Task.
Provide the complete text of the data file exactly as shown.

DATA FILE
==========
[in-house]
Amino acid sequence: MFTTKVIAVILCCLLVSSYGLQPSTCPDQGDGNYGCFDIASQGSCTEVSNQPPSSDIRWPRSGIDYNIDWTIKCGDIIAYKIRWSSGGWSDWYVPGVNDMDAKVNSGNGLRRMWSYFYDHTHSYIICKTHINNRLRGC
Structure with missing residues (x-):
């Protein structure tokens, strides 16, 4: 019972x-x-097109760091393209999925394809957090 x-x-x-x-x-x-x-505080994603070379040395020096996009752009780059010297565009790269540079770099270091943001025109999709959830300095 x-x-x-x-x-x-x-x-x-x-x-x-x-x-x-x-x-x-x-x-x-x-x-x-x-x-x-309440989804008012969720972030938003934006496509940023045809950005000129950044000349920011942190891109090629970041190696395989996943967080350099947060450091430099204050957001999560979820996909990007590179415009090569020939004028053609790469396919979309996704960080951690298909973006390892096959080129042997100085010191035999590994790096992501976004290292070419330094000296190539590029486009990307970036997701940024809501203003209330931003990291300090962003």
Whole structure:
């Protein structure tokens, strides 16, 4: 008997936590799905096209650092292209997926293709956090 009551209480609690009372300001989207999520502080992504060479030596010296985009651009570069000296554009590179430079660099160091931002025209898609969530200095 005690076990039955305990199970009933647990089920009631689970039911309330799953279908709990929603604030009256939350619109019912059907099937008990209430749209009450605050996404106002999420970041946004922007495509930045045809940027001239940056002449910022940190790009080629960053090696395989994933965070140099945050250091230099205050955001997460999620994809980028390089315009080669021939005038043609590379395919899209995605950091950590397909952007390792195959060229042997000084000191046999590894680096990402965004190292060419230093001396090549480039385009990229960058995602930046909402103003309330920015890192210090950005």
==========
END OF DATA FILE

[in-house]
Amino acid sequence: MFTTKVIAVILCCLLVSSYGLQPSTCPDQGDGNYGCFDIASQGSCTEVSNQPPSSDIRWPRSGIDYNIDWTIKCGDIIAYKIRWSSGGWSDWYVPGVNDMDAKVNSGNGLRRMWSYFYDHTHSYIICKTHINNRLRGC
Structure with missing residues (x-):
């Protein structure tokens, strides 16, 4: 019972x-x-097109760091393209999925394809957090 x-x-x-x-x-x-x-505080994603070379040395020096996009752009780059010297565009790269540079770099270091943001025109999709959830300095 x-x-x-x-x-x-x-x-x-x-x-x-x-x-x-x-x-x-x-x-x-x-x-x-x-x-x-309440989804008012969720972030938003934006496509940023045809950005000129950044000349920011942190891109090629970041190696395989996943967080350099947060450091430099204050957001999560979820996909990007590179415009090569020939004028053609790469396919979309996704960080951690298909973006390892096959080129042997100085010191035999590994790096992501976004290292070419330094000296190539590029486009990307970036997701940024809501203003209330931003990291300090962003």
Whole structure:
């Protein structure tokens, strides 16, 4: 008997936590799905096209650092292209997926293709956090 009551209480609690009372300001989207999520502080992504060479030596010296985009651009570069000296554009590179430079660099160091931002025209898609969530200095 005690076990039955305990199970009933647990089920009631689970039911309330799953279908709990929603604030009256939350619109019912059907099937008990209430749209009450605050996404106002999420970041946004922007495509930045045809940027001239940056002449910022940190790009080629960053090696395989994933965070140099945050250091230099205050955001997460999620994809980028390089315009080669021939005038043609590379395919899209995605950091950590397909952007390792195959060229042997000084000191046999590894680096990402965004190292060419230093001396090549480039385009990229960058995602930046909402103003309330920015890192210090950005």